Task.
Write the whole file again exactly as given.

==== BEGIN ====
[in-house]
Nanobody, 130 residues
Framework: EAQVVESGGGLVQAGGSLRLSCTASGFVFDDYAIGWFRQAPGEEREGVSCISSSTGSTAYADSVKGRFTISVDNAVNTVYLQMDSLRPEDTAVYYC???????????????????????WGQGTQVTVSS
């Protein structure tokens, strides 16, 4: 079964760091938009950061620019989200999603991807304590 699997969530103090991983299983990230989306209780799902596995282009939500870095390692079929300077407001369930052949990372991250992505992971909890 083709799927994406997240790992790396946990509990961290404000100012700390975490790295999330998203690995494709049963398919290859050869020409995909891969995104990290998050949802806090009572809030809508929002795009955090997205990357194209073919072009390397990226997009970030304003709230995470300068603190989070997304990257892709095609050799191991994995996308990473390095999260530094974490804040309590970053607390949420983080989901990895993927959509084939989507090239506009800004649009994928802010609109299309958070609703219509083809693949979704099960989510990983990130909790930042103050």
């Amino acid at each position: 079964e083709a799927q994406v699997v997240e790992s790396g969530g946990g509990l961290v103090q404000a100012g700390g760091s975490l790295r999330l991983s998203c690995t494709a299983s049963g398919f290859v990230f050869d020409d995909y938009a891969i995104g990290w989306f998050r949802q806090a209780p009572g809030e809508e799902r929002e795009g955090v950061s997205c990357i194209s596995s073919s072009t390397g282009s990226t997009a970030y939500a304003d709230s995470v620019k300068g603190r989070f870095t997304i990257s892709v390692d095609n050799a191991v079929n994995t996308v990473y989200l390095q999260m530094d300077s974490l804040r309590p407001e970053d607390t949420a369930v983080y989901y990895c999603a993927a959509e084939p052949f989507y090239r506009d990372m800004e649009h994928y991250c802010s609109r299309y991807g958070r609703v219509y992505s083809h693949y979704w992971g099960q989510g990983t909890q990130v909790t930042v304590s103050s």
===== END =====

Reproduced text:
[in-house]
Nanobody, 130 residues
Framework: EAQVVESGGGLVQAGGSLRLSCTASGFVFDDYAIGWFRQAPGEEREGVSCISSSTGSTAYADSVKGRFTISVDNAVNTVYLQMDSLRPEDTAVYYC???????????????????????WGQGTQVTVSS
């Protein structure tokens, strides 16, 4: 079964760091938009950061620019989200999603991807304590 699997969530103090991983299983990230989306209780799902596995282009939500870095390692079929300077407001369930052949990372991250992505992971909890 083709799927994406997240790992790396946990509990961290404000100012700390975490790295999330998203690995494709049963398919290859050869020409995909891969995104990290998050949802806090009572809030809508929002795009955090997205990357194209073919072009390397990226997009970030304003709230995470300068603190989070997304990257892709095609050799191991994995996308990473390095999260530094974490804040309590970053607390949420983080989901990895993927959509084939989507090239506009800004649009994928802010609109299309958070609703219509083809693949979704099960989510990983990130909790930042103050």
């Amino acid at each position: 079964e083709a799927q994406v699997v997240e790992s790396g969530g946990g509990l961290v103090q404000a100012g700390g760091s975490l790295r999330l991983s998203c690995t494709a299983s049963g398919f290859v990230f050869d020409d995909y938009a891969i995104g990290w989306f998050r949802q806090a209780p009572g809030e809508e799902r929002e795009g955090v950061s997205c990357i194209s596995s073919s072009t390397g282009s990226t997009a970030y939500a304003d709230s995470v620019k300068g603190r989070f870095t997304i990257s892709v390692d095609n050799a191991v079929n994995t996308v990473y989200l390095q999260m530094d300077s974490l804040r309590p407001e970053d607390t949420a369930v983080y989901y990895c999603a993927a959509e084939p052949f989507y090239r506009d990372m800004e649009h994928y991250c802010s609109r299309y991807g958070r609703v219509y992505s083809h693949y979704w992971g099960q989510g990983t909890q990130v909790t930042v304590s103050s």